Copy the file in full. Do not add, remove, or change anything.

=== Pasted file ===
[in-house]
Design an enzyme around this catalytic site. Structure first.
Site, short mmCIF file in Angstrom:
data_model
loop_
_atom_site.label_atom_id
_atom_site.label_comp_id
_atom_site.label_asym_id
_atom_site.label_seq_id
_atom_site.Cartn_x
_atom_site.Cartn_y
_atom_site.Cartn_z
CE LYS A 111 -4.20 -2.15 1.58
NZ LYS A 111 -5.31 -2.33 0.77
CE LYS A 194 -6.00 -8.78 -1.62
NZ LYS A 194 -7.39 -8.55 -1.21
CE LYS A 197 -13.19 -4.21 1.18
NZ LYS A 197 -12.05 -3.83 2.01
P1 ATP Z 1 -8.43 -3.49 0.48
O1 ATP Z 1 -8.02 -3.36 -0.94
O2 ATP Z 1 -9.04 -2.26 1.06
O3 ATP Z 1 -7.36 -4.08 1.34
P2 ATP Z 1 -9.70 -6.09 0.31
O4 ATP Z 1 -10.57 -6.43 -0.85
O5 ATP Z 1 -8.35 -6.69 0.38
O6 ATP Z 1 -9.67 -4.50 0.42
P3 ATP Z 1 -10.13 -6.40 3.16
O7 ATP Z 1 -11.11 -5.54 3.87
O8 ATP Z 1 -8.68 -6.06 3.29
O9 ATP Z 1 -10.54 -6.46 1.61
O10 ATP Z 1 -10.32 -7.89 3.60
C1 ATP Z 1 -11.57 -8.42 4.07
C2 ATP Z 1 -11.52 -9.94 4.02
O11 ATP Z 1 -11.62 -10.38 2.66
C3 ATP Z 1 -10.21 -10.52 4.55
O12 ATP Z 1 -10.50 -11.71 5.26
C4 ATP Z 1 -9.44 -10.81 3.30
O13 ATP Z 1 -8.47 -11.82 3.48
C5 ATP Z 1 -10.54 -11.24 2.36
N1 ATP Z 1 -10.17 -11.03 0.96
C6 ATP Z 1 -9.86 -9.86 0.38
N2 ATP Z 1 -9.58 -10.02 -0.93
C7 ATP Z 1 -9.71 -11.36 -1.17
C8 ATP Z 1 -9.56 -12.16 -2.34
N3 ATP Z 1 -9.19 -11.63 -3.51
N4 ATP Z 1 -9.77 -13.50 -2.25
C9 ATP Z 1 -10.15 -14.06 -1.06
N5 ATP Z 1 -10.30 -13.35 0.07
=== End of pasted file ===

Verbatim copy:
[in-house]
Design an enzyme around this catalytic site. Structure first.
Site, short mmCIF file in Angstrom:
data_model
loop_
_atom_site.label_atom_id
_atom_site.label_comp_id
_atom_site.label_asym_id
_atom_site.label_seq_id
_atom_site.Cartn_x
_atom_site.Cartn_y
_atom_site.Cartn_z
CE LYS A 111 -4.20 -2.15 1.58
NZ LYS A 111 -5.31 -2.33 0.77
CE LYS A 194 -6.00 -8.78 -1.62
NZ LYS A 194 -7.39 -8.55 -1.21
CE LYS A 197 -13.19 -4.21 1.18
NZ LYS A 197 -12.05 -3.83 2.01
P1 ATP Z 1 -8.43 -3.49 0.48
O1 ATP Z 1 -8.02 -3.36 -0.94
O2 ATP Z 1 -9.04 -2.26 1.06
O3 ATP Z 1 -7.36 -4.08 1.34
P2 ATP Z 1 -9.70 -6.09 0.31
O4 ATP Z 1 -10.57 -6.43 -0.85
O5 ATP Z 1 -8.35 -6.69 0.38
O6 ATP Z 1 -9.67 -4.50 0.42
P3 ATP Z 1 -10.13 -6.40 3.16
O7 ATP Z 1 -11.11 -5.54 3.87
O8 ATP Z 1 -8.68 -6.06 3.29
O9 ATP Z 1 -10.54 -6.46 1.61
O10 ATP Z 1 -10.32 -7.89 3.60
C1 ATP Z 1 -11.57 -8.42 4.07
C2 ATP Z 1 -11.52 -9.94 4.02
O11 ATP Z 1 -11.62 -10.38 2.66
C3 ATP Z 1 -10.21 -10.52 4.55
O12 ATP Z 1 -10.50 -11.71 5.26
C4 ATP Z 1 -9.44 -10.81 3.30
O13 ATP Z 1 -8.47 -11.82 3.48
C5 ATP Z 1 -10.54 -11.24 2.36
N1 ATP Z 1 -10.17 -11.03 0.96
C6 ATP Z 1 -9.86 -9.86 0.38
N2 ATP Z 1 -9.58 -10.02 -0.93
C7 ATP Z 1 -9.71 -11.36 -1.17
C8 ATP Z 1 -9.56 -12.16 -2.34
N3 ATP Z 1 -9.19 -11.63 -3.51
N4 ATP Z 1 -9.77 -13.50 -2.25
C9 ATP Z 1 -10.15 -14.06 -1.06
N5 ATP Z 1 -10.30 -13.35 0.07